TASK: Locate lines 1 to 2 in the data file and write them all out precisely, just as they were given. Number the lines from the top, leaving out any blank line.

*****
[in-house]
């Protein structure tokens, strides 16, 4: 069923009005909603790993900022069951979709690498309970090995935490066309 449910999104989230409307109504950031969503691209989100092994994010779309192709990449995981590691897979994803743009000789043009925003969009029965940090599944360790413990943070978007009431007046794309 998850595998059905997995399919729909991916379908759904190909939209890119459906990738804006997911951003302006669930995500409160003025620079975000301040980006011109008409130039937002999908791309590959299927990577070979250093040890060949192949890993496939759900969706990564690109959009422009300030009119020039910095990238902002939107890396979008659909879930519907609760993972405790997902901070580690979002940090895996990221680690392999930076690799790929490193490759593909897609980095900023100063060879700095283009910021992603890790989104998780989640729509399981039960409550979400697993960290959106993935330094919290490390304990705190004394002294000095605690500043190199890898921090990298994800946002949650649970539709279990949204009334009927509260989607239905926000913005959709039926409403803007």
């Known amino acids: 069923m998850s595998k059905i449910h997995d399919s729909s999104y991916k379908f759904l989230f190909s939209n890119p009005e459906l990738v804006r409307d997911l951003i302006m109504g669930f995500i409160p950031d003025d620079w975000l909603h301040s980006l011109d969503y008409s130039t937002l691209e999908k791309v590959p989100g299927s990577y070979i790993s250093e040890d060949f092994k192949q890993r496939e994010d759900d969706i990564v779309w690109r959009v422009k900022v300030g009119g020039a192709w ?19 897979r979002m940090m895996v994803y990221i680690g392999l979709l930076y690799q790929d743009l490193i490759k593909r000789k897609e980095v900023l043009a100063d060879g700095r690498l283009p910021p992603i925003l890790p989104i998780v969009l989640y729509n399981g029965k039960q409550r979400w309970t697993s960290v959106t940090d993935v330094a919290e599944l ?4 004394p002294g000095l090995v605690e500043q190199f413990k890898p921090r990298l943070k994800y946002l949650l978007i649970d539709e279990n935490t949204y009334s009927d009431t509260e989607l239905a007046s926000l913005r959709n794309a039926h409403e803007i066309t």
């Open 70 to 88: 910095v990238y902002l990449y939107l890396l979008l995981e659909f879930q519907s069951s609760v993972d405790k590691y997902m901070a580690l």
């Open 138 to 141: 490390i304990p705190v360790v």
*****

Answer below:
[in-house]
């Protein structure tokens, strides 16, 4: 069923009005909603790993900022069951979709690498309970090995935490066309 449910999104989230409307109504950031969503691209989100092994994010779309192709990449995981590691897979994803743009000789043009925003969009029965940090599944360790413990943070978007009431007046794309 998850595998059905997995399919729909991916379908759904190909939209890119459906990738804006997911951003302006669930995500409160003025620079975000301040980006011109008409130039937002999908791309590959299927990577070979250093040890060949192949890993496939759900969706990564690109959009422009300030009119020039910095990238902002939107890396979008659909879930519907609760993972405790997902901070580690979002940090895996990221680690392999930076690799790929490193490759593909897609980095900023100063060879700095283009910021992603890790989104998780989640729509399981039960409550979400697993960290959106993935330094919290490390304990705190004394002294000095605690500043190199890898921090990298994800946002949650649970539709279990949204009334009927509260989607239905926000913005959709039926409403803007």